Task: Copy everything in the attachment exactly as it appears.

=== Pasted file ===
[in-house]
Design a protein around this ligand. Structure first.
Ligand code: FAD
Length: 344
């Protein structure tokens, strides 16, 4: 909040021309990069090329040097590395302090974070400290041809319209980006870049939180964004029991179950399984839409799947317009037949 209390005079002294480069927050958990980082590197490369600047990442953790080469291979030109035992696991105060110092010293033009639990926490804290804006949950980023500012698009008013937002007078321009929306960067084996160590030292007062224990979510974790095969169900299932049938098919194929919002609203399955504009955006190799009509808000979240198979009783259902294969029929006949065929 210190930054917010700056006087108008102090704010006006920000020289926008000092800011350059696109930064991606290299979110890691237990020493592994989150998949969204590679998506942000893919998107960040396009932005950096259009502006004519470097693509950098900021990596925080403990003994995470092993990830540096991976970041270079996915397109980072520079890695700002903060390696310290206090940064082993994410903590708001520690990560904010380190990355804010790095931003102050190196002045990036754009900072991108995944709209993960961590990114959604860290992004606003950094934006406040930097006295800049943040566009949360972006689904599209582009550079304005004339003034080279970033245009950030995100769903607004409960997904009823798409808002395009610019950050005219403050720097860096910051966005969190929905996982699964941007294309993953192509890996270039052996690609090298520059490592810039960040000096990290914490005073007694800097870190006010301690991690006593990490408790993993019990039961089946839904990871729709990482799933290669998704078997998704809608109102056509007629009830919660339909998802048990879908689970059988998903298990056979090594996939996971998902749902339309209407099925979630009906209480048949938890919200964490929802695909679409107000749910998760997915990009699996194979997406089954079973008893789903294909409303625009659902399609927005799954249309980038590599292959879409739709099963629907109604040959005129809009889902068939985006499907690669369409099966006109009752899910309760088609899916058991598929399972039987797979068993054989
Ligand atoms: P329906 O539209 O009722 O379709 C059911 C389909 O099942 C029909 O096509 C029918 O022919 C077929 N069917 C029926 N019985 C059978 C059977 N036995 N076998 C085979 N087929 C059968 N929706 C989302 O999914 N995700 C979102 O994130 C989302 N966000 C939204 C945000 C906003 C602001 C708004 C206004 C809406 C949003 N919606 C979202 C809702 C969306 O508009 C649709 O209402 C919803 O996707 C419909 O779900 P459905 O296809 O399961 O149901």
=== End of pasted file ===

[in-house]
Design a protein around this ligand. Structure first.
Ligand code: FAD
Length: 344
């Protein structure tokens, strides 16, 4: 909040021309990069090329040097590395302090974070400290041809319209980006870049939180964004029991179950399984839409799947317009037949 209390005079002294480069927050958990980082590197490369600047990442953790080469291979030109035992696991105060110092010293033009639990926490804290804006949950980023500012698009008013937002007078321009929306960067084996160590030292007062224990979510974790095969169900299932049938098919194929919002609203399955504009955006190799009509808000979240198979009783259902294969029929006949065929 210190930054917010700056006087108008102090704010006006920000020289926008000092800011350059696109930064991606290299979110890691237990020493592994989150998949969204590679998506942000893919998107960040396009932005950096259009502006004519470097693509950098900021990596925080403990003994995470092993990830540096991976970041270079996915397109980072520079890695700002903060390696310290206090940064082993994410903590708001520690990560904010380190990355804010790095931003102050190196002045990036754009900072991108995944709209993960961590990114959604860290992004606003950094934006406040930097006295800049943040566009949360972006689904599209582009550079304005004339003034080279970033245009950030995100769903607004409960997904009823798409808002395009610019950050005219403050720097860096910051966005969190929905996982699964941007294309993953192509890996270039052996690609090298520059490592810039960040000096990290914490005073007694800097870190006010301690991690006593990490408790993993019990039961089946839904990871729709990482799933290669998704078997998704809608109102056509007629009830919660339909998802048990879908689970059988998903298990056979090594996939996971998902749902339309209407099925979630009906209480048949938890919200964490929802695909679409107000749910998760997915990009699996194979997406089954079973008893789903294909409303625009659902399609927005799954249309980038590599292959879409739709099963629907109604040959005129809009889902068939985006499907690669369409099966006109009752899910309760088609899916058991598929399972039987797979068993054989
Ligand atoms: P329906 O539209 O009722 O379709 C059911 C389909 O099942 C029909 O096509 C029918 O022919 C077929 N069917 C029926 N019985 C059978 C059977 N036995 N076998 C085979 N087929 C059968 N929706 C989302 O999914 N995700 C979102 O994130 C989302 N966000 C939204 C945000 C906003 C602001 C708004 C206004 C809406 C949003 N919606 C979202 C809702 C969306 O508009 C649709 O209402 C919803 O996707 C419909 O779900 P459905 O296809 O399961 O149901």